As someone who is interested in maintaining my own happiness while balancing a challenging job as a STEM teacher, Social-Emotional Learning (SEL) curriculum writer, father of two beautiful girls, and husband to an amazing wife (who is also a teacher and a really good one too) I am always looking for ways to quickly look out for myself.  I follow a few blogs but the blog I follow most is “Barking up the Wrong Tree” by Eric Barker (the website isn’t pretty but the writing is on point and you can get it emailed to you).

One of my favorite posts is on the importance of gratitude.  As an SEL curriculum writer gratitude is an important concept that we need to help students develop.  Barker outlines the benefits of gratitude in his post so I won’t belabor the point, but many articles that Barker writes are ready made SEL lessons.  One of the points that Barker makes that I will discuss is the need to have steady reminders to be grateful and thankful.

In the United States of America we just celebrated the twin holidays of Thanksgiving and Black Friday.  Thanksgiving is the day that my country has set aside as remembrance of things to be thankful for and Black Friday is the day my country has set aside to consumerism.  The juxtaposition is odd, but with the way Thanksgiving is situated on a Thursday and the Christmas season coming I guess it makes sense.  As SEL educators we should help students focus on the thankfulness.  A great way to create thankfulness and gratitude in this season is to do service this holiday season.  At our school, all homerooms take at least part of the last day of school before winter break to spend in service.  Include a reflection each time students do service with an emphasis on gratitude and you can help your students develop gratitude.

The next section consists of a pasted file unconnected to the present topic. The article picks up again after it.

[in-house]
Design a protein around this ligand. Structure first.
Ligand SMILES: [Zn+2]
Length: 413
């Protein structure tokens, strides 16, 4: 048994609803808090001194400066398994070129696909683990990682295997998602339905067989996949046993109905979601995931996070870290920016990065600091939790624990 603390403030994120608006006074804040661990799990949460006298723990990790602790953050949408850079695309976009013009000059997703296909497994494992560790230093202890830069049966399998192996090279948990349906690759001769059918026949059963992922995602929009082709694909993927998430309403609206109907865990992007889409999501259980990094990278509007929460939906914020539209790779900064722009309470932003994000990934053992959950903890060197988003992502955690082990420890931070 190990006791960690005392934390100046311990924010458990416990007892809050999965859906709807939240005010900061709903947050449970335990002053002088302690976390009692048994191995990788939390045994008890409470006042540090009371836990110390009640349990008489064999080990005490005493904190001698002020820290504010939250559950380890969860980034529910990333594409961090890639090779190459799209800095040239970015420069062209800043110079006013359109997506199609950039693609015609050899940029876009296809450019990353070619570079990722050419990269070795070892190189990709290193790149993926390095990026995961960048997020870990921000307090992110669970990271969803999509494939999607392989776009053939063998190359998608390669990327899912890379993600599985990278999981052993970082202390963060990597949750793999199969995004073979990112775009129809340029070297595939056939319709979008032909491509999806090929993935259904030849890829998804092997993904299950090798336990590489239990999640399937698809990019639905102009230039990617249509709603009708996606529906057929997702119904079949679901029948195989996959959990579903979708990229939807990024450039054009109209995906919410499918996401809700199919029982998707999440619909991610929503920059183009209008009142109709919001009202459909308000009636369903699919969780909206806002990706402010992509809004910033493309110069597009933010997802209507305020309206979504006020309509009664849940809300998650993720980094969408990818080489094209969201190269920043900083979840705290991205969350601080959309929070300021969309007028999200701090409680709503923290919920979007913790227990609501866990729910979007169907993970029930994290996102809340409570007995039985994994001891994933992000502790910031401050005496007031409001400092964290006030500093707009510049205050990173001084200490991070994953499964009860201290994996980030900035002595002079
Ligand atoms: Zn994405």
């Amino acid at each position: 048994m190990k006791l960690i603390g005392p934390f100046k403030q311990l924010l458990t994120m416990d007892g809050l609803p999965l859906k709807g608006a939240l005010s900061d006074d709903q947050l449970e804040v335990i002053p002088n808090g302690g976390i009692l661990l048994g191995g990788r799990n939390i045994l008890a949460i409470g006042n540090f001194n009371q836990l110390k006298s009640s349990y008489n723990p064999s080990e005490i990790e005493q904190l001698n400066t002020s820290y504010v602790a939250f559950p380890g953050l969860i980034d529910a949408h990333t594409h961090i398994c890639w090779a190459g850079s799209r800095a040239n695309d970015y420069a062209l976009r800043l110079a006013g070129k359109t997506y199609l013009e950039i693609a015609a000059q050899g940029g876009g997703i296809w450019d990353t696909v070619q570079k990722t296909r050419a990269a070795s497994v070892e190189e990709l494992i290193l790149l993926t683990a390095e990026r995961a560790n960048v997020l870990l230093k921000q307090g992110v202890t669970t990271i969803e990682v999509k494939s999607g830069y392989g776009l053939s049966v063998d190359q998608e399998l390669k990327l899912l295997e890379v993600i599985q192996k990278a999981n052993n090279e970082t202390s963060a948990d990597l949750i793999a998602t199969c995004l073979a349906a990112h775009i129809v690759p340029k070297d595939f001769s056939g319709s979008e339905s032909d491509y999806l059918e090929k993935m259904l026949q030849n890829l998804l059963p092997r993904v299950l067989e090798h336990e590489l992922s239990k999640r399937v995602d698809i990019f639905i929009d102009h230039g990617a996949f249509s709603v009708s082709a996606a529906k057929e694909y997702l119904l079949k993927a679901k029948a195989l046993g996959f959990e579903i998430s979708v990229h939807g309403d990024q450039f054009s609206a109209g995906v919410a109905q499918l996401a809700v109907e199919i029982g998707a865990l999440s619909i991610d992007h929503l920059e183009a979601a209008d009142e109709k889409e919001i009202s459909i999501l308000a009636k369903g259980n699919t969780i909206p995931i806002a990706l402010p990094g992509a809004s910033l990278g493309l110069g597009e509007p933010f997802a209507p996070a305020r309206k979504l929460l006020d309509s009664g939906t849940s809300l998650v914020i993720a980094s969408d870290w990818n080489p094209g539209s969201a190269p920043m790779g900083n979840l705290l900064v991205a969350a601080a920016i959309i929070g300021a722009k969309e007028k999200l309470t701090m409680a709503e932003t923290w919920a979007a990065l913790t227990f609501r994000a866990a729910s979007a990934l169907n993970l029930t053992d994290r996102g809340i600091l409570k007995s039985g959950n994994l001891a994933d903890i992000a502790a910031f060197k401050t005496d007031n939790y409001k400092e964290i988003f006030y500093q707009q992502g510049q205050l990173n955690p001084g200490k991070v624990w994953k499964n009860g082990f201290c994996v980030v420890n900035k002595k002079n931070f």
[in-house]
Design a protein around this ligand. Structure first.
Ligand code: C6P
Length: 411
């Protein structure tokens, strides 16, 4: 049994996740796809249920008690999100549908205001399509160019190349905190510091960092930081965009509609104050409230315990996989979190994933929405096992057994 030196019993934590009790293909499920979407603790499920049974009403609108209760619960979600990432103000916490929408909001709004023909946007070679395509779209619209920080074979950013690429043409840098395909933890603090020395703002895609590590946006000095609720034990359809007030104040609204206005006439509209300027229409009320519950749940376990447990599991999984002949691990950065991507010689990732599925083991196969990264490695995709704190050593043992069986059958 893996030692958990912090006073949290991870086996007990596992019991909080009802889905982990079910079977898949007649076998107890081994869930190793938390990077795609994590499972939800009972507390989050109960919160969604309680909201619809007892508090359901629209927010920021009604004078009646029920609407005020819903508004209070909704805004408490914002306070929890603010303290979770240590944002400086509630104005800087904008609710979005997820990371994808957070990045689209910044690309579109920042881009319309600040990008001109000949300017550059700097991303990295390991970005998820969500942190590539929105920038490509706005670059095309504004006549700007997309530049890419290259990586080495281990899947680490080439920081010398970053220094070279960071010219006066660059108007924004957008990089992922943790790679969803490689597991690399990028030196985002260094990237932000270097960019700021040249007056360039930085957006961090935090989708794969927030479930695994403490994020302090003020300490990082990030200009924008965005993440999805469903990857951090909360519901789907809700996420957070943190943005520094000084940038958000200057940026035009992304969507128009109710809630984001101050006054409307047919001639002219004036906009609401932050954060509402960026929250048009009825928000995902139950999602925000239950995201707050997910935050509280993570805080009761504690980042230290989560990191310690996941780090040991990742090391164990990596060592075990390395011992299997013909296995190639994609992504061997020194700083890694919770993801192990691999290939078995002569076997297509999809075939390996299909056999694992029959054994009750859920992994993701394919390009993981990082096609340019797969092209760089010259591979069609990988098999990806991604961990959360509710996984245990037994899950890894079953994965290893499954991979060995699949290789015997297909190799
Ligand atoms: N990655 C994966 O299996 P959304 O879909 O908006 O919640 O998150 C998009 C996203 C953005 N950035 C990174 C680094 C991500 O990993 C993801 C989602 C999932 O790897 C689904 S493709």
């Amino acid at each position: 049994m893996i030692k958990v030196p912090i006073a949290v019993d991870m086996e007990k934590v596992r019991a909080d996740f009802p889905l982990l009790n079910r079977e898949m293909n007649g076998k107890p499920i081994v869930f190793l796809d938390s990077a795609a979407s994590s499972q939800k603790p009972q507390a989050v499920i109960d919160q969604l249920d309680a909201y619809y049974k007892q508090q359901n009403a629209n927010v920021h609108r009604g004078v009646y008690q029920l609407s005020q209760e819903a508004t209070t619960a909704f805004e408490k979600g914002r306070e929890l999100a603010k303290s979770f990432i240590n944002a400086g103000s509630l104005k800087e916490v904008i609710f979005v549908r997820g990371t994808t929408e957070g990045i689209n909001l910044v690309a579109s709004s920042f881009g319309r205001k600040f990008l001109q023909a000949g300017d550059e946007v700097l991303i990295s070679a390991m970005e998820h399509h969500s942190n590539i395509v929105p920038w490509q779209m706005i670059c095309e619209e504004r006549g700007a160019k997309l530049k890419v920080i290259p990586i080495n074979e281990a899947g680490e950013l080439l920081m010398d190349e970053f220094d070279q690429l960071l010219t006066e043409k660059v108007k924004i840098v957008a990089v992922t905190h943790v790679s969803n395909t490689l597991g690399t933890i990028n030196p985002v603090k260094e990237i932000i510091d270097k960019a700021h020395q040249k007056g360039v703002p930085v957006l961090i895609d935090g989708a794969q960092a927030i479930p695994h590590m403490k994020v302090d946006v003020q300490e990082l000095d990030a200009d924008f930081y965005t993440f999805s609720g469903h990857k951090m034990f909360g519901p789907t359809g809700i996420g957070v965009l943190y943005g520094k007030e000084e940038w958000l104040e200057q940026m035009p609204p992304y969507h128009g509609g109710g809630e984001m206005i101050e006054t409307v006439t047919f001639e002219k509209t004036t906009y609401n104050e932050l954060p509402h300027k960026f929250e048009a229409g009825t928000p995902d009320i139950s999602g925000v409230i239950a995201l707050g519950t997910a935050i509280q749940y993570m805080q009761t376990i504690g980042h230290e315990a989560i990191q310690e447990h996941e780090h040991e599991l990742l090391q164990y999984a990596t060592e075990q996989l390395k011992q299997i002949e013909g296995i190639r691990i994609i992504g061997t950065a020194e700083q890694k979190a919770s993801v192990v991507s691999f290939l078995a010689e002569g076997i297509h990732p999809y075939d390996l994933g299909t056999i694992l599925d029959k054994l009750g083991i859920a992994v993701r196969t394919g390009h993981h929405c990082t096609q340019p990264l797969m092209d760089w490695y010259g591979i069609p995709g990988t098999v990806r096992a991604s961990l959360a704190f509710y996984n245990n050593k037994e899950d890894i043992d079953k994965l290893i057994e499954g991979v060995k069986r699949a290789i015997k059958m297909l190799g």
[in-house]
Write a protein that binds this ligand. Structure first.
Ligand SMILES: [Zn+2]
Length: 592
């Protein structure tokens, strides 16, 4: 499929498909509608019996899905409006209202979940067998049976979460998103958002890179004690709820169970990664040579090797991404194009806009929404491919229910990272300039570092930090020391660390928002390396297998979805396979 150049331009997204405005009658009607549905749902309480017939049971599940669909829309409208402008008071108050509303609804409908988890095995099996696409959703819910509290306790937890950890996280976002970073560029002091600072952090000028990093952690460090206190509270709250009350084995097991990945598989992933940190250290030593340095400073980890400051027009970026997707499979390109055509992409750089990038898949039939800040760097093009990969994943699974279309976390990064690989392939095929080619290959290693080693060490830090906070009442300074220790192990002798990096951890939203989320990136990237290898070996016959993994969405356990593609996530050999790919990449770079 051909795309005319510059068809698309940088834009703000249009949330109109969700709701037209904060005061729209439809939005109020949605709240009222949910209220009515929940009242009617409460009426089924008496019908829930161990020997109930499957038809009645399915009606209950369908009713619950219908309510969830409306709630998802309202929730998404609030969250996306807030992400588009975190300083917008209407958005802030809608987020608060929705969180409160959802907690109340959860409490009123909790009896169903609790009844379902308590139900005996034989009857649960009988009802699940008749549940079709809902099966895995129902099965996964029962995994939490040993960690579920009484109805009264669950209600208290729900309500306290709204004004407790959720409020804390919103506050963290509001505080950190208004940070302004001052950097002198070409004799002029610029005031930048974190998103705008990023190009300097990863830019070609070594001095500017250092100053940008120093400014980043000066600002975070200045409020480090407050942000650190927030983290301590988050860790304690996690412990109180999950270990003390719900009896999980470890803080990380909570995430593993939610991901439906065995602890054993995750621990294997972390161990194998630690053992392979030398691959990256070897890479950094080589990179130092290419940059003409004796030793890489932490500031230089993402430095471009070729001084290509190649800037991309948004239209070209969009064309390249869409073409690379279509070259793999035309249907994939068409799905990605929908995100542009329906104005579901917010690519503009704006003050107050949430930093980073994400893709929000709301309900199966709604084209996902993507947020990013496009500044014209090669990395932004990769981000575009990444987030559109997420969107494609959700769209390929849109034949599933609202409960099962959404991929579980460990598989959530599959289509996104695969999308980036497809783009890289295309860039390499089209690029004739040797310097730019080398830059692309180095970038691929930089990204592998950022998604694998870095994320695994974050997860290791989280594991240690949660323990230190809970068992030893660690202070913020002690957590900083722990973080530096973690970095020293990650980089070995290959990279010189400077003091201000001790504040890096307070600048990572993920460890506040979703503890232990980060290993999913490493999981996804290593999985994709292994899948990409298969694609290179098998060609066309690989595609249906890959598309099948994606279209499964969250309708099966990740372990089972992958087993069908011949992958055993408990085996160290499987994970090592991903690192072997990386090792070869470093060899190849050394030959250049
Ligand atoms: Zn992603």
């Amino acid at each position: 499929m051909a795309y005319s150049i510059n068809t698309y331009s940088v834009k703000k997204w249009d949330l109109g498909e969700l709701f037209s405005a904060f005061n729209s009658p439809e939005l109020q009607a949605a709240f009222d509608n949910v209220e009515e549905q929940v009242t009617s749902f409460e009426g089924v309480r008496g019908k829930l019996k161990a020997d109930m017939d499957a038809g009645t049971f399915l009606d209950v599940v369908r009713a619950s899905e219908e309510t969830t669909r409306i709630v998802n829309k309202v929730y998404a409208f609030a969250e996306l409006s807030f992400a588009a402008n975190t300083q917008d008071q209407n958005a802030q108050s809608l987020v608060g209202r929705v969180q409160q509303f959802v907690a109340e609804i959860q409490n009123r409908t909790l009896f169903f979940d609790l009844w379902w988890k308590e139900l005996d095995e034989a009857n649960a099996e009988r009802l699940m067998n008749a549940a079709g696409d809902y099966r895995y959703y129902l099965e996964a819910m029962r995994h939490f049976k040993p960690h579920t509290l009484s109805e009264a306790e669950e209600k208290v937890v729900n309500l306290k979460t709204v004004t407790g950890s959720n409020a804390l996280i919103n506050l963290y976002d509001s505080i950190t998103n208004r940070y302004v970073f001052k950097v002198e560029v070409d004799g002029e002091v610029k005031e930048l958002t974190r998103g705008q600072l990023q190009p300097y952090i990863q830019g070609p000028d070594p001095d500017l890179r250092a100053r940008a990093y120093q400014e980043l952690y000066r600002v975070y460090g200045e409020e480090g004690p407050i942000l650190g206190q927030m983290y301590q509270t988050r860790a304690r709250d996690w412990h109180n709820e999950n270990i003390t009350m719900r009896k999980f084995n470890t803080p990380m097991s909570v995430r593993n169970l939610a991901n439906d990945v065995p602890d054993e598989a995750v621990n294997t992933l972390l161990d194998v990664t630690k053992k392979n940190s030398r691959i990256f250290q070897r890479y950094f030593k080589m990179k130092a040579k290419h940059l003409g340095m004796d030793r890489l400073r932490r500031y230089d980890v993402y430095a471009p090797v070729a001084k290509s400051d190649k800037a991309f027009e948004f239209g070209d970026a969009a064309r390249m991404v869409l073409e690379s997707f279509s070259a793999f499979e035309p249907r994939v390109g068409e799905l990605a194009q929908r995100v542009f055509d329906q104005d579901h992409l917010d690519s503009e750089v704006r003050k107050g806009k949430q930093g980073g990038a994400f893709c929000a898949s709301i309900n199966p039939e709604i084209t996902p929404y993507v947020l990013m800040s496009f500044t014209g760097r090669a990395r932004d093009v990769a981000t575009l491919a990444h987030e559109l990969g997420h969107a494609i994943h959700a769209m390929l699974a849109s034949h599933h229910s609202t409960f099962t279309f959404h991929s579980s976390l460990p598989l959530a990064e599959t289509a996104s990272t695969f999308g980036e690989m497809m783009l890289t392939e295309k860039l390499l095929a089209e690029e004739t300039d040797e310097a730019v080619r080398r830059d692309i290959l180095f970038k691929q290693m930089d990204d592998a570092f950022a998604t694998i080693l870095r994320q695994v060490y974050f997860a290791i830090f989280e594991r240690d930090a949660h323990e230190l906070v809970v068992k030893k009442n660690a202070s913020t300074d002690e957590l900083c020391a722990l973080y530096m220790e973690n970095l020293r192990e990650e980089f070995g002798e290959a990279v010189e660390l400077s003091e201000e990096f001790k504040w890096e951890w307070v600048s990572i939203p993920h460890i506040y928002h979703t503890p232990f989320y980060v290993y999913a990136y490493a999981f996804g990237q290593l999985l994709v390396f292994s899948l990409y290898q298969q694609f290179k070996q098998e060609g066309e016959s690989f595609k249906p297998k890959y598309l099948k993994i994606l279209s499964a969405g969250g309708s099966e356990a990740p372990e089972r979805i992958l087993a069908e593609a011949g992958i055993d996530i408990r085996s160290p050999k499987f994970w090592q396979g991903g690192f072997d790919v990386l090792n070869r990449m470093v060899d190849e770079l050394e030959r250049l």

However, I have to say that Thanksgiving is also a time to talk about the twin sins of genocide and slavery upon which the US is founded.  There are videos out there to help talk about the history of Thanksgiving, right now DAPL and associated protests are happening, and some students are still struggling with the results of the election.  One of my favorite resources is a book titled To Be Free that outlines racism in Minnesota and western Wisconsin amongst the communities of color that we have had for awhile (Hmong, Native American, and African American primarily).

Take the time to talk about gratitude with your students this holiday season.  Comment below what you do to teach gratitude and let us know if you are interesting in To Be Free, as we may be able to loan you get a class set and the resources to teach it in your homerooms.

Gratitude and Thanksgiving

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